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4 Types of Dog Mites (And What to Do About Them)

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Itchiness, dandruff, and hair loss are common problems that plague dogs, yet there isn’t a single cause for these unpleasant symptoms. For example, allergies can cause skin and coat issues, but mites can also contribute to these less than desirable conditions. 

When it comes to dog mites, there are different types and unfortunately, mite infestations spread easily between pets and people. Thankfully, there are steps you can take to both prevent and treat this pesky problem. 

In this guide, we’ll explore the four different types of dog mites, symptoms to look out for, and what you can do to ensure your beloved pet stays mite-free.

What Are Dog Mites?

Although it’s easy to mistake a mite for an insect, they aren’t classified as insects. Instead, mites are a type of arthropod (joint-legged invertebrates) that belong to Arachnida, which is the same class as spiders.

There are four types of mites that infest dogs: 

  • Demodex canis mites
  • Sarcoptes scabiei mites
  • Otodectes cynotis mites
  • Cheyletiella yasguri mites

Depending on which species of mites is bothering your dog, you’ll notice different symptoms. 

Demodex Canis Mites

Demodex canis mites cause an infestation called demodicosis. This type of mite infestation goes by many names: demodex mange, demodectic mange, or red mange. Demodex mites are parasitic and attach themselves to hair follicles on your dog’s coat, causing mange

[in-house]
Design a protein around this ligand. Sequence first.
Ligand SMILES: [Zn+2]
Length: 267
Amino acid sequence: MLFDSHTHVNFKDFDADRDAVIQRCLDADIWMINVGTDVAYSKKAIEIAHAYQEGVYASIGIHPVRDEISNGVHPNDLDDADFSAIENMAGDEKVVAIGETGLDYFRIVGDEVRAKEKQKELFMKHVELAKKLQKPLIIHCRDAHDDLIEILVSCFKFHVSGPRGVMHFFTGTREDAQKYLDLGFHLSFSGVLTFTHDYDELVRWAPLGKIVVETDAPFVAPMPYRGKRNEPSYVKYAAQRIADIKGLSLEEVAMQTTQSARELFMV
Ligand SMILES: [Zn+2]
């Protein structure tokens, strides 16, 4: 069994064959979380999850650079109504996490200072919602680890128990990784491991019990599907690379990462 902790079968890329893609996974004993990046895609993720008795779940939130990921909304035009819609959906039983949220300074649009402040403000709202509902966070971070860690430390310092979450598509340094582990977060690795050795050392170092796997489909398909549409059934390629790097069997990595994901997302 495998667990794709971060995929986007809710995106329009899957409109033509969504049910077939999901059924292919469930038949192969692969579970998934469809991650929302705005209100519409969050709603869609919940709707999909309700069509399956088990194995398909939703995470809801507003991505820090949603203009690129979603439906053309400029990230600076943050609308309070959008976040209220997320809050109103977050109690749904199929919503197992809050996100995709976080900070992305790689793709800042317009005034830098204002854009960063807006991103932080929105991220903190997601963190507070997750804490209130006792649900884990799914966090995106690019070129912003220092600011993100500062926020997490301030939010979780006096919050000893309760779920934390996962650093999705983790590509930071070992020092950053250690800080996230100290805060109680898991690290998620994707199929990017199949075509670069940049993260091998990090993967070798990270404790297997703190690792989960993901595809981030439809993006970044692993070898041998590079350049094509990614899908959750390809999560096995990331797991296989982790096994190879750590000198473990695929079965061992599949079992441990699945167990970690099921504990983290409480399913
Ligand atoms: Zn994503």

The dogs most often affected by demodex mange include:

  • Young dogs (these mites are easily passed from the mother dog to puppies during nursing)
  • Neglected dogs
  • Dogs with lowered immune systems 
  • Young and older dogs with poor diets

Because mange mites affect the hair follicle, an infestation often leads to thickened skin, hair loss, and secondary infections (yeast or bacteria). If a vet diagnoses a dog with demodex mange, there are several medication options including afoxolaner, fluralaner, lotilaner, and sarolaner. 

A popular treatment is a lime-sulfur dip, which is a mixture of lime and sulfur. Regardless of which medication your vet suggests, it’s important to continue the treatment until skin scraping reveals that all of the mites are gone.

Sarcoptes Scabiei Mites

While the Demodex canis mites attach to hair follicles, the Sarcoptes scabiei mites burrow into your dog’s skin. While the thought of this may give you the creepy crawlies, it’s even worse for your dog, leaving them with endless itchy sensations. You might notice that your dog is scratching more often, especially around the groin or armpits. Red skin and hair loss are two other common symptoms of mange.

These mites cause Sarcoptic mange — sometimes called canine scabies or just scabies — and unfortunately, this infection is easily passed to humans. In fact, scabies affects 300 million people each year.

If your doctor of veterinary medicine (DVM) detects sarcoptic mange mites, he or she may recommend heartworm medicine. According to VCA Hospitals, ivermectin is the main ingredient in heartworm medication, and it can eliminate several types of mites. Other prescription medications include imidacloprid or moxidectin.

Otodectes Cynotis Mites

Otodectes cynotis are surface mites that target your dog’s ears and cause intense itchiness. Ear mites are most often found on puppies as well as dogs who interact with outdoor cats. You might suspect ear mites if:

  • Your dog is constantly scratching at her ears
  • Your dog shakes his head so intensely that he breaks blood vessels in his ears
  • You see dark “dirt” on the inside flaps of his ears

Of course, shaking the head and pawing at ears can also be signs of an ear infection. Regardless, your vet can determine the cause of your dog’s ear discomfort and get him started on the right treatment. For ear mites, most vets recommend prescription ear drops.